Council Conclusions on Alternative Measures to Detention
22 February 2020
2018-Max_Planck_Herr_Wahl_1355_black white_Zuschnitt.jpg Thomas Wahl

One of the topics high on the agenda of the Finnish EU Council Presidency in the second half of 2019 was the debate on alternative measures to detention (see eucrim 2/2019, p. 109). The topic concerns EU policy debate since many years, but gained increased attention in the last years when prison overcrowding and bad prison condition in some EU Member States has undermined mutual trust and thus has hampered judicial cooperation between the EU Member States (see also, for instance, eucrim 3/2019, pp. 177-178 [the Dorobantu case]). At its meeting on 2-3 December 2019, the ministers for justice of the Member States adopted conclusions on alternative measures to detention. The conclusions identify a number of concrete actions to be taken at the national level, the EU level and the international level. Member States are encouraged to do the following:

  • Explore the opportunities to enhance, where appropriate, the use of non-custodial sanctions and measures, such as a suspended prison sentence, community service, financial penalties and electronic monitoring (and similar measures based on emerging technologies);
  • Consider enabling the use of different forms of early or conditional release;
  • Consider the scope for and benefits of using restorative justice;
  • Provide for the possibility to apply non-custodial measures also in the pre-trial stage of criminal proceedings;
  • Ensure that information concerning the legislation on non-custodial sanctions and measures is easily available for practitioners throughout criminal proceedings;
  • Provide adequate legal training to practitioners;
  • Improve practical training notably as regards the use of EU instruments designed to prevent detention in cross-border situations, i.e. Framework Decision on probation and alternative sanctions (2008/947/JHA) and Framework Decision on European supervision order (2009/829/JHA);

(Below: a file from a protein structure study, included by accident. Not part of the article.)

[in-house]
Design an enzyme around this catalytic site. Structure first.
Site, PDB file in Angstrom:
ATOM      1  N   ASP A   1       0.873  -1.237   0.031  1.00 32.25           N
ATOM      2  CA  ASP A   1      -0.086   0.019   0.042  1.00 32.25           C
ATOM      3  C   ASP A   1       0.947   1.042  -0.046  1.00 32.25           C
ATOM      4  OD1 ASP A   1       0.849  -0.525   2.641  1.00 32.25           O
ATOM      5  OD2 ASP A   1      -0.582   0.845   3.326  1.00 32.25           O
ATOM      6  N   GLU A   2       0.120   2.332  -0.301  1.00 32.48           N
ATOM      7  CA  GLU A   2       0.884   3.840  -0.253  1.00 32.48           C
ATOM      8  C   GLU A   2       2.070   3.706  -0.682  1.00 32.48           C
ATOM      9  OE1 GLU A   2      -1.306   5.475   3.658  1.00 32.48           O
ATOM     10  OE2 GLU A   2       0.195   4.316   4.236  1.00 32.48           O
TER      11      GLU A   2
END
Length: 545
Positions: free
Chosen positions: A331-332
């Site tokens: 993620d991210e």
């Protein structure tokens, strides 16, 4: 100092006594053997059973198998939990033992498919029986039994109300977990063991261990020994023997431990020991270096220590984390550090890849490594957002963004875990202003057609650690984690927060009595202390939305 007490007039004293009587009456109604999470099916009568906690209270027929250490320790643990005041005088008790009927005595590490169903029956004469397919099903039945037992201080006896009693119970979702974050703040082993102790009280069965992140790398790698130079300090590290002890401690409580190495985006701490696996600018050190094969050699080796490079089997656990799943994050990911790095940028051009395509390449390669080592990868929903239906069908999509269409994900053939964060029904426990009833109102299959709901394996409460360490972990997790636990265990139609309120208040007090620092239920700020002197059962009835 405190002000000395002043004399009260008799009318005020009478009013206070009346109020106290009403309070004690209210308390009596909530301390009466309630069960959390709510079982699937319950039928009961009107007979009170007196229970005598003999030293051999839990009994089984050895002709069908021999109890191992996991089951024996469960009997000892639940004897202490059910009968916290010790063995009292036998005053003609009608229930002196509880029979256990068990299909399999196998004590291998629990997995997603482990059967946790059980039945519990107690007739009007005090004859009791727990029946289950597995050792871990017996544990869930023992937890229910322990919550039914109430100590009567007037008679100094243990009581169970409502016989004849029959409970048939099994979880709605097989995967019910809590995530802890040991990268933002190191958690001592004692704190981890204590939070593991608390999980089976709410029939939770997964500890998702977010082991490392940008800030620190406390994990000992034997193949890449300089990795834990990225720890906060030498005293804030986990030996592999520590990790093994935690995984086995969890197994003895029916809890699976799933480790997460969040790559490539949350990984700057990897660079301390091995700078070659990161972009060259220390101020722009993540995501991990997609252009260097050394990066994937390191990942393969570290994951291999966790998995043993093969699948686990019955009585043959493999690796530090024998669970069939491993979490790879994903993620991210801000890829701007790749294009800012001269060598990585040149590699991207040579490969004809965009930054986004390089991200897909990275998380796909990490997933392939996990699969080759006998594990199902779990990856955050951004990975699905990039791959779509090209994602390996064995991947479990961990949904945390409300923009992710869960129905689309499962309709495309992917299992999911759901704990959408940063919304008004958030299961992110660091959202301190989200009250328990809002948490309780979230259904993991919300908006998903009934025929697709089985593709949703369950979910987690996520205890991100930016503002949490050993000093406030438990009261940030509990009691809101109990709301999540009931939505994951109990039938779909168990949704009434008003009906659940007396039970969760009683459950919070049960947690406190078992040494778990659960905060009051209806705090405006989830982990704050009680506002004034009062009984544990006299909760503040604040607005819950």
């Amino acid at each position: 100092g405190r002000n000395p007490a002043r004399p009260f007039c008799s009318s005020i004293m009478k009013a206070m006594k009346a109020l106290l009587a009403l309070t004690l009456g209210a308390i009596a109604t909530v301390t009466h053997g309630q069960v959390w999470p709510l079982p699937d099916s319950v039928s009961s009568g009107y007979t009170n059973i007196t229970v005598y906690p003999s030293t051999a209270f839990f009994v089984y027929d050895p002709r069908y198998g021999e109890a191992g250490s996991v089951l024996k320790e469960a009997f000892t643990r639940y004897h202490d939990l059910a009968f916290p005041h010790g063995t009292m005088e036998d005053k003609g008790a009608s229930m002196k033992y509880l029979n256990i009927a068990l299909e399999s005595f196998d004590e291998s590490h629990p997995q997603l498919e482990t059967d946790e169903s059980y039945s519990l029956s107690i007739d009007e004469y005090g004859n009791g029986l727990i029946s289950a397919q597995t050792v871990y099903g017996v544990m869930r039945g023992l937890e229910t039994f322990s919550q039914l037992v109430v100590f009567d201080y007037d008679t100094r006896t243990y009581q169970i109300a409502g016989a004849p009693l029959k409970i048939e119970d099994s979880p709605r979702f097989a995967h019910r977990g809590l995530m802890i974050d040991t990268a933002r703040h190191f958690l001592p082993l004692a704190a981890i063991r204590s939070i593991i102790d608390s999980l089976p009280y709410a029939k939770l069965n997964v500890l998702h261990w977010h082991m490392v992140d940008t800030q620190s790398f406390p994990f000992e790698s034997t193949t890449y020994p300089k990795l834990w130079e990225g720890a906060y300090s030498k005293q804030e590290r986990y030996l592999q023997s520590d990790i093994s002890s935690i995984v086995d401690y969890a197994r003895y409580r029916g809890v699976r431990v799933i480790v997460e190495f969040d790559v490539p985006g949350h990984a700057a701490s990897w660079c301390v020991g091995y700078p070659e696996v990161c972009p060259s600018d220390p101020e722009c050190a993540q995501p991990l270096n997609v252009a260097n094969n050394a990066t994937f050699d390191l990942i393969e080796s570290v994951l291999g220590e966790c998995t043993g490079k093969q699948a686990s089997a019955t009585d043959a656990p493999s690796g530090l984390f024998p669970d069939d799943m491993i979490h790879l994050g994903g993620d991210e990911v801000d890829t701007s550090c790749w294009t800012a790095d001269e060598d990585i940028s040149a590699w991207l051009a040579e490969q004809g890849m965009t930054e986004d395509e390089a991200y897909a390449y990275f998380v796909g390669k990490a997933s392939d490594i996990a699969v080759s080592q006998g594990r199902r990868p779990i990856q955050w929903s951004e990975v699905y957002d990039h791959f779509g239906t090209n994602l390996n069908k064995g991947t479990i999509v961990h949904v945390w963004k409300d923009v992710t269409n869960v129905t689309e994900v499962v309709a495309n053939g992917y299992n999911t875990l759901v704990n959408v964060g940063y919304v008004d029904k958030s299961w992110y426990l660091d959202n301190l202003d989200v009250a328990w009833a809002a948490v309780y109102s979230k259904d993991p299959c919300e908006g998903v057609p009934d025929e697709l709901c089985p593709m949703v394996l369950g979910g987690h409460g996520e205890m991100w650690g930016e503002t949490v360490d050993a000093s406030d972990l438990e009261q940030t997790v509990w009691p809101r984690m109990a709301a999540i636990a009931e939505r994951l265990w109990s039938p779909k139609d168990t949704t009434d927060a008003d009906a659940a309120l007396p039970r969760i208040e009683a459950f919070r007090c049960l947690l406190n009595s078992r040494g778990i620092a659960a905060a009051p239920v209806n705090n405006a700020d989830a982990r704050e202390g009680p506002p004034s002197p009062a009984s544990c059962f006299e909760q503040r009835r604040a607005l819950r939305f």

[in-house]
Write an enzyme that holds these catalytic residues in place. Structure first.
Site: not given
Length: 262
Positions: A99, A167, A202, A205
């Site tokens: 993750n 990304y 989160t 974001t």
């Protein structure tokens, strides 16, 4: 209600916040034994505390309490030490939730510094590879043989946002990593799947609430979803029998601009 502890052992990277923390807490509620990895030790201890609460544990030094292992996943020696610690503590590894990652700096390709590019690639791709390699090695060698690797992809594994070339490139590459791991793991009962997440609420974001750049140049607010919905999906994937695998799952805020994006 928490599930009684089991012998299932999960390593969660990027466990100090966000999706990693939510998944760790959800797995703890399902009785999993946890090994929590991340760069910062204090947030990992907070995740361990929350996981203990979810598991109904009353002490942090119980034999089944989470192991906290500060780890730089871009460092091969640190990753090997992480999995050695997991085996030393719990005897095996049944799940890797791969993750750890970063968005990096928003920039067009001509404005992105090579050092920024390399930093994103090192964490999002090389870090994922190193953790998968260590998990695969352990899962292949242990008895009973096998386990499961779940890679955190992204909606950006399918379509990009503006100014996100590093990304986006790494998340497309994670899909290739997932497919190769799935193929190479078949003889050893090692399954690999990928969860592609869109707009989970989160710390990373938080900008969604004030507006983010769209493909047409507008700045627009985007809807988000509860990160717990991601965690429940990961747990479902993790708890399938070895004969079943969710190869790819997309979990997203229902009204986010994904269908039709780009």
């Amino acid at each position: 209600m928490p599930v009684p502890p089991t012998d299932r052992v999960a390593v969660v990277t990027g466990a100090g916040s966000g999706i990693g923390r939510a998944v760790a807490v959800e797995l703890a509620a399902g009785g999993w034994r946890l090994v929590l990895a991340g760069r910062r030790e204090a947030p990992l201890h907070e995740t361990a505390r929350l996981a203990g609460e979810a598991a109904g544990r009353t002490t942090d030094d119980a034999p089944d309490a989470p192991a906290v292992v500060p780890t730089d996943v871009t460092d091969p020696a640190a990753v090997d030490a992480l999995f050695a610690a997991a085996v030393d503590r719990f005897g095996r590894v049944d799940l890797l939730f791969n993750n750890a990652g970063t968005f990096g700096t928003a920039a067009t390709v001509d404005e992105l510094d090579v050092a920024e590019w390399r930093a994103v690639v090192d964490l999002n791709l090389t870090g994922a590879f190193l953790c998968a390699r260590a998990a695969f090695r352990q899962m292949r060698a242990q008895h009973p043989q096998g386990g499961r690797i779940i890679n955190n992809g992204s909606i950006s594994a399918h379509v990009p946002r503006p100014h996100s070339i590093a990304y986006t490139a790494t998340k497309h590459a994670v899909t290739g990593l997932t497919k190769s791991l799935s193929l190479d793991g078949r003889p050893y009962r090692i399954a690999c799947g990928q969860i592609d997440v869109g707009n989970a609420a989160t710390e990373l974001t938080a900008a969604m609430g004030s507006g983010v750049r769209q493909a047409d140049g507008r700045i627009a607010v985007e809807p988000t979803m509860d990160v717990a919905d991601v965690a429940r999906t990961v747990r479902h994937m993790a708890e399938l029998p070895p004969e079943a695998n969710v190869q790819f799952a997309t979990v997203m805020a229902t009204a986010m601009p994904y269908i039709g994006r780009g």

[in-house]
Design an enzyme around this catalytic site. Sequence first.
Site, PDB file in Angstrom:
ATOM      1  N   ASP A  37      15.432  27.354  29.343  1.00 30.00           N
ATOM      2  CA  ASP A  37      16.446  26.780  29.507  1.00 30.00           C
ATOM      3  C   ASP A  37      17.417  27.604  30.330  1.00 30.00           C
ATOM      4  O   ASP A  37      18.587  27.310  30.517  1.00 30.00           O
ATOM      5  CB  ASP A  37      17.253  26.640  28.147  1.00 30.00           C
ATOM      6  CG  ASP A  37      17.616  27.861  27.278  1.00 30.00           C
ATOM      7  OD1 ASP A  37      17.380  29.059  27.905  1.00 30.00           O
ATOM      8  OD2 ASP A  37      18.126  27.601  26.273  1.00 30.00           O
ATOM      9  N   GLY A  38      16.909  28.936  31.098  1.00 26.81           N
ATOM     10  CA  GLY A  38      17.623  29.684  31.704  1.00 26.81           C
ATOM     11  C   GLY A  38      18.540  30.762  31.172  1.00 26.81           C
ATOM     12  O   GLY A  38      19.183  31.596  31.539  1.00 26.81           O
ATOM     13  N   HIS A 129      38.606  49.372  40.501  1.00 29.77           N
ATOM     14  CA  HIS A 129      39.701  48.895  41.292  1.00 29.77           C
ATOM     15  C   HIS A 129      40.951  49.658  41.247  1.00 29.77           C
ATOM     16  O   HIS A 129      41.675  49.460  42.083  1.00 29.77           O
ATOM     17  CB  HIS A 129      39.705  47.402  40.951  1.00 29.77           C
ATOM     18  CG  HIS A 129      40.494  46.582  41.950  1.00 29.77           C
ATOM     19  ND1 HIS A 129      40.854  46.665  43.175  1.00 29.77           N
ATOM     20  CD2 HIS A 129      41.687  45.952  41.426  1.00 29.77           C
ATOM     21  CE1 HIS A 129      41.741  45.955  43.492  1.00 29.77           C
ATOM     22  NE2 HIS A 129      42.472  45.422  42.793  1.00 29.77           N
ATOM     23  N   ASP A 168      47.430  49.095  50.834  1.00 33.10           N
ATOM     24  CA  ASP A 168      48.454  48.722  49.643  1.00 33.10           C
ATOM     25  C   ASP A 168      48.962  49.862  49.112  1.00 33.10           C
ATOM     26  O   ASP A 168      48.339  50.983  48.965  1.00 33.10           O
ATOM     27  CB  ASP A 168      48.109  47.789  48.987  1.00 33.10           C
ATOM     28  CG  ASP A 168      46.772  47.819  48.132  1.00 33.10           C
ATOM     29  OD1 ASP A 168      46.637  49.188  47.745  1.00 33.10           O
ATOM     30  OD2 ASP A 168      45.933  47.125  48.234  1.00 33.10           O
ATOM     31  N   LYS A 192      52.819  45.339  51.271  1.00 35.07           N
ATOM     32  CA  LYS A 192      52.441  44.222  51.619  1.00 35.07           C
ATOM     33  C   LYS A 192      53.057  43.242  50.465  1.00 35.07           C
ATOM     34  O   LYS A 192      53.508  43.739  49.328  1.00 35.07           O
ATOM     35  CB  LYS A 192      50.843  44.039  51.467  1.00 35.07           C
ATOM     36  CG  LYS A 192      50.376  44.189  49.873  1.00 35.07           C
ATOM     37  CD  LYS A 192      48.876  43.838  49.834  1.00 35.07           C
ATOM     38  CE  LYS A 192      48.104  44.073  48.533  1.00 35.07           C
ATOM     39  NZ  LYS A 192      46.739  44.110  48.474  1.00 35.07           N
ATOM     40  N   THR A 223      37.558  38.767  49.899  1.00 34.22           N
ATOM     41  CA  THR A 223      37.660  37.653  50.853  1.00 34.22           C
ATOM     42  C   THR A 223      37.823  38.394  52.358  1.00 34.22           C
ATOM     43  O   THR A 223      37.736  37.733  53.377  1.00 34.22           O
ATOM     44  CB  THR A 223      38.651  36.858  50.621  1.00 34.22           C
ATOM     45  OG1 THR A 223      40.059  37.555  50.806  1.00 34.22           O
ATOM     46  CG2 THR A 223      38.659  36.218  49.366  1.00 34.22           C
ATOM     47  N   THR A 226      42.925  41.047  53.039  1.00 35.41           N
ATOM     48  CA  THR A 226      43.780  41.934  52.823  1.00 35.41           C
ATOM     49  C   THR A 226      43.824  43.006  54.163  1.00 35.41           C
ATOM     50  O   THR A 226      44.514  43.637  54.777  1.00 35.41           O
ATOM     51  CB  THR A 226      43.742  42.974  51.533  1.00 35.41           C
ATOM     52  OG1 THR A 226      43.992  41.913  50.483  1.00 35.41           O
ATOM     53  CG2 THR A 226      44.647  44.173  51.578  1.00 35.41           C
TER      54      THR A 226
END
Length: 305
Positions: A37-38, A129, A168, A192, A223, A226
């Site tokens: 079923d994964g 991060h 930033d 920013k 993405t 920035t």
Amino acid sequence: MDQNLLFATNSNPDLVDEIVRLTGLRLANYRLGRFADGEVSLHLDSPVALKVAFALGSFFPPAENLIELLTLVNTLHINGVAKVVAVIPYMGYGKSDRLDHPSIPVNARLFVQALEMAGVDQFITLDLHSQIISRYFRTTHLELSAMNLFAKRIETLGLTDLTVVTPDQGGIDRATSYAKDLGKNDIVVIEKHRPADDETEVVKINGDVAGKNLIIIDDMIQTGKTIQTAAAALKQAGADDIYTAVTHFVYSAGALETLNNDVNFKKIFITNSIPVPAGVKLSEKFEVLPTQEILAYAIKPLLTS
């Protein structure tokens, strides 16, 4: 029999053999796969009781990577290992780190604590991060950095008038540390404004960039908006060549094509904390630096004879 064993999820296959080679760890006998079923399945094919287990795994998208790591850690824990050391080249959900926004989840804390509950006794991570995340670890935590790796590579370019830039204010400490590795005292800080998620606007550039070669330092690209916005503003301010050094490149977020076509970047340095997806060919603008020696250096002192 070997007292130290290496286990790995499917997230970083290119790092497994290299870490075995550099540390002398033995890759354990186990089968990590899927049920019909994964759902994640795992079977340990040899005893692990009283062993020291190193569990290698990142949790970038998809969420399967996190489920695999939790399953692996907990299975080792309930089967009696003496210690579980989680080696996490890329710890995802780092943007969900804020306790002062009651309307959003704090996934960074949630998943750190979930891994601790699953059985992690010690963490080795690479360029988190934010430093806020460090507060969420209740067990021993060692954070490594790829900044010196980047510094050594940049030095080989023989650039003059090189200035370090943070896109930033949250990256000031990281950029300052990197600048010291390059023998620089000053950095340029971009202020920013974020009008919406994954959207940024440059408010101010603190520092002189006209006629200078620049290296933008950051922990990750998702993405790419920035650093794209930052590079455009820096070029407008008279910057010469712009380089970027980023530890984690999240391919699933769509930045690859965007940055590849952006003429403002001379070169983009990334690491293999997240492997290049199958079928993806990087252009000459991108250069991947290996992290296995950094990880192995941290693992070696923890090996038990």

• Pay particular attention to the needs of vulnerable persons, e.g. children, persons with disabilities and women during pregnancy and after giving birth;
  • Improve capacity for probation services;
  • Share best practices.

Regarding the EU level, particularly the Commission is invited to:

  • Increase awareness of the benefits of non-custodial sanctions and measures among policy-makers and practitioners;
  • Carry out a comparative study to analyse the use of non-custodial sanctions and measures in all Member States so as to support the dissemination of national best practices;
  • Enhance the implementation of the mentioned two Framework Decisions;
  • Develop training for judges and prosecutors through the European Judicial Training Network (EJTN), as well as for prison and probation staff through the European Penitentiary Training Academies (EPTA);
  • Launch regular experts' meetings on detention and non-custodial sanctions and measures.

Regarding the international level, the conclusions mainly emphasise the importance of close cooperation with the Council of Europe, so that synergies can be found. The Commission and the Member States should consider ways in which to promote the dissemination of the Council of Europe standard-setting texts, the relevant ECtHR case-law and the CPT recommendations regarding detention and the use of non-custodial sanctions and measures.

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2018-Max_Planck_Herr_Wahl_1355_black white_Zuschnitt.jpg
Thomas Wahl

Max Planck Institute for the Study of Crime, Security and Law (MPI CSL)

Public Law Department

Senior Researcher